In California, the juvenile delinquency system differs from adult criminal courts. Additionally, the grown-ups courts and the juvenile courts use different terminologies. For instance, if the judge considers the available evidence and finds a grown-up guilty, the court makes a guilty verdict.

Alternatively, if the juvenile judge finds your child guilty, the court sustains a petition. The prosecution team will then file a petition. The offense committed may be either a misdemeanor or a felony. In case the juvenile judge holds a petition, your child may face severe consequences.

The juvenile court processes may be complicated, mainly when it’s the minor’s first-time offense. You will require the help of a criminal defense attorney familiar with the juvenile court system. At Orange County Criminal Lawyer, we build a solid defense to ensure a favorable outcome. If the police arrested your child in or around Orange County, CA, you might contact us.

An Overview of Sustained Juvenile Petitions

Minors in California commit crimes just like any other part of the world. The offenses committed by minors are either misdemeanor crimes or felony offenses. Because they are underage, they aren't treated like grown-ups. A minor may face accusations for committing the following types of offenses:

  • Status offense — the offenses involve minor crimes. Additionally, they don't carry harsh consequences.
  • Delinquent offenses — the offenses involve serious crimes. They have severe penalties.

California's law is considerate when punishing minor offenders despite the offense's weight. The juvenile system focuses on rehabilitating the juvenile offender. Generally, the penalties for a California minor offender are not severe.

Before the judge makes the final verdict, your child appears in the juvenile court for their case hearing. The process begins with a police arrest like in the adult offenders. After the law enforcement officers arrest the minor, the officer decides whether to release or place them in a detention center. If the police refer the minor to a detention hall, they feel the offender committed a severe offense. Additionally, the police officers need to avoid another occurrence.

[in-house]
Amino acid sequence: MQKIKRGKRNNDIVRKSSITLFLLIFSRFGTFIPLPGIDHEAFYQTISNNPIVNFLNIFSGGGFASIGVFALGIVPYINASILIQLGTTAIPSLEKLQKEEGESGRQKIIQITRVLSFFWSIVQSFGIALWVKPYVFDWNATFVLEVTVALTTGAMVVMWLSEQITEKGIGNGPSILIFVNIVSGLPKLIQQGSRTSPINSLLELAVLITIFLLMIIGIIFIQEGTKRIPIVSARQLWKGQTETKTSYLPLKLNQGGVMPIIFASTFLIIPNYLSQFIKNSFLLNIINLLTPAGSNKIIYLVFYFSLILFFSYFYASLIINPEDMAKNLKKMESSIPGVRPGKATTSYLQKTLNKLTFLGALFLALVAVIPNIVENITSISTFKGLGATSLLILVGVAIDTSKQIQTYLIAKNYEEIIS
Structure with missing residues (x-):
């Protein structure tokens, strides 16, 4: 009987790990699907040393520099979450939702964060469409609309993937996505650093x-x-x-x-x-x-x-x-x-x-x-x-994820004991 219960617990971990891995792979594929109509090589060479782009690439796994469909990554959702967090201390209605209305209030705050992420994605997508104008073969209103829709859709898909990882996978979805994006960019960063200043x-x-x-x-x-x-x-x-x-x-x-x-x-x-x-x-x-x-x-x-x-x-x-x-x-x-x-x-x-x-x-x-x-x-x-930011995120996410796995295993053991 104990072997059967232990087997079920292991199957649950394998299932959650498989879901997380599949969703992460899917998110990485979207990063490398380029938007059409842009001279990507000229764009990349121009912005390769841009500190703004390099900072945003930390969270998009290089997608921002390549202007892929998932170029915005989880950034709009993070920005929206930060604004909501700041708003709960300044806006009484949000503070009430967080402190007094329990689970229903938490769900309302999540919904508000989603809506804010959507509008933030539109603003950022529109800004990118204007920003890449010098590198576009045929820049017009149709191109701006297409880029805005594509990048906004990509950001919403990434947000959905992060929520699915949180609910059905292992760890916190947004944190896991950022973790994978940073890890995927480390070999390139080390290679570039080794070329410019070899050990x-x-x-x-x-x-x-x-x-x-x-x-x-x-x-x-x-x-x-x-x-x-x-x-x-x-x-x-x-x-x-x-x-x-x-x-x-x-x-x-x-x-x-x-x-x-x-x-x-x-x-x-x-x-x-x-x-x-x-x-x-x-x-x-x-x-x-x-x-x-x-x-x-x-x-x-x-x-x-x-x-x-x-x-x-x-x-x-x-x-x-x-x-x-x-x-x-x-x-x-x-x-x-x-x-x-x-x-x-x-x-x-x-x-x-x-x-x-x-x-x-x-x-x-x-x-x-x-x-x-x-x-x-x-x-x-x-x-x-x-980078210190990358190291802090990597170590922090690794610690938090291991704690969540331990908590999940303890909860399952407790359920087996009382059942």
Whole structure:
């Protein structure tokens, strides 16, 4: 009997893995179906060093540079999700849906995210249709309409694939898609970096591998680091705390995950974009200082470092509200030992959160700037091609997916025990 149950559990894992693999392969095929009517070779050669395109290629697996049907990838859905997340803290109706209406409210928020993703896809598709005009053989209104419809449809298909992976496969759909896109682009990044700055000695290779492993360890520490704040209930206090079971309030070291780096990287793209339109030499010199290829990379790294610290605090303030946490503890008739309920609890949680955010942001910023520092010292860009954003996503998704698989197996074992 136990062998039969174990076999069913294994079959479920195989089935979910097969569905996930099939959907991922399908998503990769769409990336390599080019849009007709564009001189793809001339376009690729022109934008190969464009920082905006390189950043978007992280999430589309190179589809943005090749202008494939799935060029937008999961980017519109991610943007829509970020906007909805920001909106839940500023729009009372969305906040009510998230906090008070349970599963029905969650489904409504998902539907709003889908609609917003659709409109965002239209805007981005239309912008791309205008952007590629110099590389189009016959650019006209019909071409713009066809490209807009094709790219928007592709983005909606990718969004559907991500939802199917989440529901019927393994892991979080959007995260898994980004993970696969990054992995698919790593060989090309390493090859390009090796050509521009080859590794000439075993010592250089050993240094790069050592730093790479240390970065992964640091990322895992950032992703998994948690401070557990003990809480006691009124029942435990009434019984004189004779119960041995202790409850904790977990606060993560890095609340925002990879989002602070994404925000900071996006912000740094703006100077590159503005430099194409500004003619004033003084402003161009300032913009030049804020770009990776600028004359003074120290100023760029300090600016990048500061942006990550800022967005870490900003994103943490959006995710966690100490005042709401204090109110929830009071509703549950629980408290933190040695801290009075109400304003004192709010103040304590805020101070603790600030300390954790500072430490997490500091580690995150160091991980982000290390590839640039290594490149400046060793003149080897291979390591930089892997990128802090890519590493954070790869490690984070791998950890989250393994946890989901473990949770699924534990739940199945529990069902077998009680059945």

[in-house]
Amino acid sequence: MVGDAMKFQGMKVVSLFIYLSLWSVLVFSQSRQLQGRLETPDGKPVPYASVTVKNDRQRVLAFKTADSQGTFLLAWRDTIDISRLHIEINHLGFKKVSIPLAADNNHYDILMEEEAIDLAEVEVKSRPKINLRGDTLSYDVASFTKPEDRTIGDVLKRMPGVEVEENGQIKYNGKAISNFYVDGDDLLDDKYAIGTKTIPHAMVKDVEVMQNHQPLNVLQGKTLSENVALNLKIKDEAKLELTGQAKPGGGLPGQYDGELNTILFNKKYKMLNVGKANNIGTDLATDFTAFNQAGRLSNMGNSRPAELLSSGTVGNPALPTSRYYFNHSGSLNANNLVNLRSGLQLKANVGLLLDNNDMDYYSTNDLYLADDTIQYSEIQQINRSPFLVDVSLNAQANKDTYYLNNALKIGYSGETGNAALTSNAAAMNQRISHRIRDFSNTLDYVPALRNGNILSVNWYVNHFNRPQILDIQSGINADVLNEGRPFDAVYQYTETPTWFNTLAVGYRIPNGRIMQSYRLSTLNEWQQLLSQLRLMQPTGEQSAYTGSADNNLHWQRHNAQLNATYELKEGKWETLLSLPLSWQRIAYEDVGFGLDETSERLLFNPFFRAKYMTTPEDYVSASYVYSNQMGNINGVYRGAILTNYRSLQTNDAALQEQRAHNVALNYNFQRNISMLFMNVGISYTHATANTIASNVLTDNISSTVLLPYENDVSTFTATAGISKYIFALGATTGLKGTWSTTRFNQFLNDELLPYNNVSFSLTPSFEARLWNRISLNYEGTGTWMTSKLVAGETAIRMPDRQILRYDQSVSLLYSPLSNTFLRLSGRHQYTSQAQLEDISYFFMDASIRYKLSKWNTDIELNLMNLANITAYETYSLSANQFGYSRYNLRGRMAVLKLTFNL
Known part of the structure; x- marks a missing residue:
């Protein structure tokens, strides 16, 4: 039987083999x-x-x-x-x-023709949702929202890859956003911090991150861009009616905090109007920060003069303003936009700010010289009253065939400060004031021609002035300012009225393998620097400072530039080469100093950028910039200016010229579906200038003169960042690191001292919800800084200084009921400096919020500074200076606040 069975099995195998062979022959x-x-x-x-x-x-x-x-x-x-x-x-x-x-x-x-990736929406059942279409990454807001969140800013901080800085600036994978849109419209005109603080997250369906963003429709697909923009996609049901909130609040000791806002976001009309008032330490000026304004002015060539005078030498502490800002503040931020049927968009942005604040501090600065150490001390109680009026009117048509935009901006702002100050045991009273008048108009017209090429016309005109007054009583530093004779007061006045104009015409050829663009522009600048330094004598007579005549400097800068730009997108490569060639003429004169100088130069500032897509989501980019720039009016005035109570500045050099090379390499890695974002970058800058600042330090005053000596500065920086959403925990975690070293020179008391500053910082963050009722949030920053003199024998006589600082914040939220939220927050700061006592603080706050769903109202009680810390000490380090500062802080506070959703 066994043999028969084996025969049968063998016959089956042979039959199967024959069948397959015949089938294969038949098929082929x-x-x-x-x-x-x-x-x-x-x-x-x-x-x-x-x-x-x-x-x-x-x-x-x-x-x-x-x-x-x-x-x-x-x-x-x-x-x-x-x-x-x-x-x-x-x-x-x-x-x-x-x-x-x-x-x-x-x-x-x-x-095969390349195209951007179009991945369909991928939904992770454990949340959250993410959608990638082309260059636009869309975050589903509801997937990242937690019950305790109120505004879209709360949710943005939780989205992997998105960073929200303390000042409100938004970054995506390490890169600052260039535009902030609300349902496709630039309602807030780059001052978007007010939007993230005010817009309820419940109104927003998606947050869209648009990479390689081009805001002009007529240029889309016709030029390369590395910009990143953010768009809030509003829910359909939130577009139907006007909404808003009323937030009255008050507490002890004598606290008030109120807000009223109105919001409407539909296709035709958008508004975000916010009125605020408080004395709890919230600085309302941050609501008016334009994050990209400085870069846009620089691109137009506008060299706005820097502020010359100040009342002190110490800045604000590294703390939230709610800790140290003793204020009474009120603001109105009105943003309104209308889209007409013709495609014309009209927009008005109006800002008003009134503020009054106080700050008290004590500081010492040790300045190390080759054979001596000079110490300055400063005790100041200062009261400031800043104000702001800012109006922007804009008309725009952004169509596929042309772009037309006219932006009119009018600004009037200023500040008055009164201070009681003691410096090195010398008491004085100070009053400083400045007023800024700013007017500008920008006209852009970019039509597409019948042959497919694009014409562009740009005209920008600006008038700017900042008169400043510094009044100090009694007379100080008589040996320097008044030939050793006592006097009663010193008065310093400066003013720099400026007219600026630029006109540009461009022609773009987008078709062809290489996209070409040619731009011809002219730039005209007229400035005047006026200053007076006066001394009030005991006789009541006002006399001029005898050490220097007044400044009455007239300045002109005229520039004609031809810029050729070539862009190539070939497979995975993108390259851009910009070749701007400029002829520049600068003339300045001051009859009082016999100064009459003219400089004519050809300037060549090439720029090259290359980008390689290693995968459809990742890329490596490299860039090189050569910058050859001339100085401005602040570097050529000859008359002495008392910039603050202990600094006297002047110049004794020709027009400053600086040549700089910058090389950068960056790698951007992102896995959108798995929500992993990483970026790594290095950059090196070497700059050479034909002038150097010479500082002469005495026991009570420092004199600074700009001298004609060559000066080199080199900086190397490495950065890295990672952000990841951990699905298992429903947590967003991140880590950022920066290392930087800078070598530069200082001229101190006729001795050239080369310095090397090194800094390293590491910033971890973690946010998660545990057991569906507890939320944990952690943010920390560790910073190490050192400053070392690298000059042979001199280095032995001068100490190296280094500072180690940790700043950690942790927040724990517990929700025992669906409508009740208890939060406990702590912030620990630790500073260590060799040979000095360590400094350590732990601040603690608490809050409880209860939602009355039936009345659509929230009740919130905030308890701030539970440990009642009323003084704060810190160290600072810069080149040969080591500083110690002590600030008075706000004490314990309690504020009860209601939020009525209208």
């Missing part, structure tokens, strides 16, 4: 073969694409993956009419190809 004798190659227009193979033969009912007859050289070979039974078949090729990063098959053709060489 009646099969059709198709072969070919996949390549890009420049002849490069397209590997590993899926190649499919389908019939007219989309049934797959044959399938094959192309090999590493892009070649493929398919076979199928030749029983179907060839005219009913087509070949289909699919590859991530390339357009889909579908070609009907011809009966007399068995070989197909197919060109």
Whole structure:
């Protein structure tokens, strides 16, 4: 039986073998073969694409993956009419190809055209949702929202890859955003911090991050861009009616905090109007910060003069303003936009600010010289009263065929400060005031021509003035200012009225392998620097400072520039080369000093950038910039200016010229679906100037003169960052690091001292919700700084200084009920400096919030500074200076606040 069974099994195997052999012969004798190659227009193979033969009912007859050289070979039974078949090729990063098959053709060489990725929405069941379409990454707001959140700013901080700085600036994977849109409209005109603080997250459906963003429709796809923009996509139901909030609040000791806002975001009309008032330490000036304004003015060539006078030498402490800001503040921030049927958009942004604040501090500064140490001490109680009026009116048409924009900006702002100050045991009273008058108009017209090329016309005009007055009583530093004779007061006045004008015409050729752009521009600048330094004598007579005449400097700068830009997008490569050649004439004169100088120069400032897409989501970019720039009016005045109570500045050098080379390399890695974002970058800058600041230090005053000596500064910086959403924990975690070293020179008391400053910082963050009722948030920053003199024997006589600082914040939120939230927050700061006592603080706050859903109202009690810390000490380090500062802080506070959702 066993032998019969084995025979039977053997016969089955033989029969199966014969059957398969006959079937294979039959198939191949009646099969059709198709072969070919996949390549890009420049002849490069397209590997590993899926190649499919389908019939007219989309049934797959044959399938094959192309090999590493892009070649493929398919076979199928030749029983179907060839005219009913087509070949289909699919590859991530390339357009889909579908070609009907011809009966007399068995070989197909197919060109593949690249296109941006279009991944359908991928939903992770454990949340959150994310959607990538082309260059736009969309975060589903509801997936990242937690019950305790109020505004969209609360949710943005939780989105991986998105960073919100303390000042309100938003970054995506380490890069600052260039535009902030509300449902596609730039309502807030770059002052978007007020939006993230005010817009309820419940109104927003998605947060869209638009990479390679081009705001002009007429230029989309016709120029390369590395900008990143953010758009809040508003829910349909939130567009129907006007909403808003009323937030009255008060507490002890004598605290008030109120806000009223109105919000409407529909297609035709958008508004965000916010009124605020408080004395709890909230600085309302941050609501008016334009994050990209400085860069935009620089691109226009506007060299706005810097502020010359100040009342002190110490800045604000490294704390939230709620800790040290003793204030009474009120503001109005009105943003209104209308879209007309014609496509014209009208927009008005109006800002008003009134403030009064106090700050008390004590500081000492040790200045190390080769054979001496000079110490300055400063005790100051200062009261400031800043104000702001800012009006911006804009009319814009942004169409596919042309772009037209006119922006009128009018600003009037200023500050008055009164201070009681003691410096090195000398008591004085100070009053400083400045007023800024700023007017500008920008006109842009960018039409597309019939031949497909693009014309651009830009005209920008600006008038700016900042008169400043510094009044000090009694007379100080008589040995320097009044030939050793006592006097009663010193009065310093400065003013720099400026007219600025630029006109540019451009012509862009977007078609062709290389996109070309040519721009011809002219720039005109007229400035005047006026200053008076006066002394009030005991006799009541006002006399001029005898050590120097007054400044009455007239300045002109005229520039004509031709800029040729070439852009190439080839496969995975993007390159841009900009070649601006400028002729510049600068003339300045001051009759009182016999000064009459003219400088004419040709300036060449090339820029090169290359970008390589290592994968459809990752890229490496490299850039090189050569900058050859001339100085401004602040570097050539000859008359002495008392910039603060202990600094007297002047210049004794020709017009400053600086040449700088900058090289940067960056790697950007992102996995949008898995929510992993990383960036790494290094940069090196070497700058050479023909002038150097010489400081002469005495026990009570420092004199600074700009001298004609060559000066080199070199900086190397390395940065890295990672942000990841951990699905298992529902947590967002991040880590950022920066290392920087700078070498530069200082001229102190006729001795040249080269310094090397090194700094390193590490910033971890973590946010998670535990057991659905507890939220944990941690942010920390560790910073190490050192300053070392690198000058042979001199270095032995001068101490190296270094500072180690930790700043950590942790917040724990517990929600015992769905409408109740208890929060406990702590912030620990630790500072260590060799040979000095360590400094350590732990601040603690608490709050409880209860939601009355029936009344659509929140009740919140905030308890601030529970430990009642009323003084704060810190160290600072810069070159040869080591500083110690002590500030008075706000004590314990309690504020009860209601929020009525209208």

At the detention hall, the prosecution team will evaluate the case and determine whether to file a petition against your child. According to the juvenile system, filing a petition in the delinquent court is similar to filing a charge against a criminal court's grown-up offender. The prosecution team files a petition, either a misdemeanor or felony depending on the case's circumstances. The juvenile judge conducts a hearing and announces their verdict. Once the court finds the minor offender guilty, the juvenile judge sustains a petition against the child.

Sustained petitions are like a guilty verdict in adult criminal courts. However, at the juvenile delinquency court, there are no juries. The judge makes a verdict considering the available evidence. Additionally, the judge determines whether the prosecutor has sufficient evidence to declare a minor guilty. When the judge accepts the proof beyond a shadow of a doubt, he/she sustains a petition against the minor.

For example, a law enforcement officer arrests a 15-year-old girl for damaging her neighbor’s property. She is then placed in a juvenile center. Then the prosecution team files a vandalism petition at the court. The judge calls for the court hearing. Accordingly, the prosecution team presents their evidence. The prosecutor proves beyond a shadow of a doubt the offender committed vandalism. After examining the evidence, the judge discovers the allegations as valid. Therefore the judge will sustain a petition against the juvenile offender.

Juvenile Courts in California

If your child commits a felony or misdemeanor case, the delinquency court handles all those cases. Additionally, the court handles other claims, including truancy and curfew violations. The court deals with minor offenders aged twelve to seventeen years. However, if your child turns eighteen years, his/her trial will take place in the criminal adult courts. Note that the juvenile delinquency court does not work under criminal courts.

Just like in the criminal courts, juvenile delinquency courts have defense attorneys and prosecutors. Notably, juvenile courts have judges and not juries. The courts don't try minor offenders below the age of 12years. However, the court may handle minors below the age of 12years when they commit crimes like violence, oral copulation, rape, and sodomy. Again juvenile courts handle crimes committed by a child who was below 18years when the crime occurred.

Your child might have committed the crime when he was at the age of 16 years. However, the case is discovered when he/she is 21years. Additionally, the court may handle your child's case since the crime was committed when the juvenile was below the age of 18 years.